NASA's actual behavior in the specific case of the Martian objects, however, does not appear to be consistent with this policy. The absence of legitimate scientific evaluation of the landforms by NASA, its ignoring of the relevant research, its apparently exaggerated warnings that such photographs would be extremely difficult to obtain, the possible sequestering of the data under the aegis of "private contract," and the ambiguous language used by NASA officials to generate a sense of complacency around the issue all support the suspicion of a motivation contrary to the stated policy.


      According to Mr. Donald L. Savage of NASA Public Affairs, "investigators on Viking and other missions have often 'waived their rights to certain types of data' and have released information of scientific and public interest much earlier." Given this precedent and the importance of this mission I have put forward the following five recommendations, which I urge all individuals, whether citizens of the United States or of other countries, to support.


      1. NASA and the Mars Surveyor Camera Principal Investigator, by agreement, will assign a level of priority to the suspect landforms that will ensure the obtaining of high resolution photographs of those landforms, using all means at their disposal, subject only to uncertainties beyond their control.

      2. The Principal Investigator will plan for and initiate high-resolution imaging sequences on every occasion during which the spacecraft ground track is within the area from 8o to 10o lon­gitude, such that the image strips include the area 40.4o to 41.2o N. latitude.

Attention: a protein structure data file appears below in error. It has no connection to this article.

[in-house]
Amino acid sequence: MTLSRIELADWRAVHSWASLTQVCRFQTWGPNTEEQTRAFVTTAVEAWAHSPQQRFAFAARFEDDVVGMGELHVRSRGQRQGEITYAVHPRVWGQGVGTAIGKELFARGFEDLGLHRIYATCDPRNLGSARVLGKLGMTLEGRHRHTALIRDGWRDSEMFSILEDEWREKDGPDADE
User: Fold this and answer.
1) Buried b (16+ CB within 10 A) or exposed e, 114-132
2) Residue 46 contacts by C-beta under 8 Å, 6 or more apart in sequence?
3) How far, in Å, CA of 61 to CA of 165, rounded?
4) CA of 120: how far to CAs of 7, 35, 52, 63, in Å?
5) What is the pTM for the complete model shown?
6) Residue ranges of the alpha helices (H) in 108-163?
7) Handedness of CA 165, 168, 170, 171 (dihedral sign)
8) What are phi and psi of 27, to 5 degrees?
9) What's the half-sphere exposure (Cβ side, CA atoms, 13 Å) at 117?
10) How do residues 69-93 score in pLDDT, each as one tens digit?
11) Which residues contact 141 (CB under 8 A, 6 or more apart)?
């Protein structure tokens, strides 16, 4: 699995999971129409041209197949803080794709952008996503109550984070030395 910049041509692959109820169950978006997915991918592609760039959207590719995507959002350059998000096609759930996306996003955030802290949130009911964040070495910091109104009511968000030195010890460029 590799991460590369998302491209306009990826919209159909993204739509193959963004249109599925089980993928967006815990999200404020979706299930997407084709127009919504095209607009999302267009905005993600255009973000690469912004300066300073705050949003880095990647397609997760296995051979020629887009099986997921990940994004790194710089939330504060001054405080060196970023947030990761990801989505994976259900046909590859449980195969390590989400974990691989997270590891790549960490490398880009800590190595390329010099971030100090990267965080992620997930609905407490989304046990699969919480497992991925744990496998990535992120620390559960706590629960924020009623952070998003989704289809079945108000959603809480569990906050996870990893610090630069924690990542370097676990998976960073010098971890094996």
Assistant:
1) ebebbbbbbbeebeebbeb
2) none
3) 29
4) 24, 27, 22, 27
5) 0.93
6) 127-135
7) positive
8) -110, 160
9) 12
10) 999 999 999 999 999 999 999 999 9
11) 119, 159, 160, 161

3. In consideration of the public interest in this area and of the possible importance to humanity of the resulting images, the camera Principal Investigator will follow the precedent of earlier missions by waiving the proprietary restrictions in the case of  imaging data gathered during camera passes over the area.

      4. The scientific community and the general public will be given prompt advance notice, within the constraints of predictability, as to when each such pass will occur, in order to prepare to receive the data.

      5. The raw data for the specific area indicated above will be released to scientists and to the public upon receipt at JPL with no time delay. Video image conversion of data received in the same passes will be released in a continuous stream to NASA ,Select TV, PBS, and others who desire to receive it.  High priority will be given to the processing of such data and the processed data (in the form of images) will be released to the public immediately upon completion.



ABOUT THE AUTHOR: Stanley V. McDaniel is a Professor Emeritus and former chairman of the Department of Philosophy at Sonoma State University in California.




[1]  47 meters per pixel, about 145 feet (a pixel is the smallest bit of digital information in the image).

[2] "Information on NASA re-photographing the Cydonia Region of Mars," page 4. Anonymous document  distributed by NASA's Office for Legislative affairs.

[3] The "Copernican Revolution" was the change from believing that the Earth is the center of the universe to our present understanding of the Earth as a satellite of the Sun.

[4] McDaniel, Stanley V., The McDaniel Report. North Atlantic Books, P.O. Box 12327, Berkeley, California USA 94701 (Telephone 510-559-8277).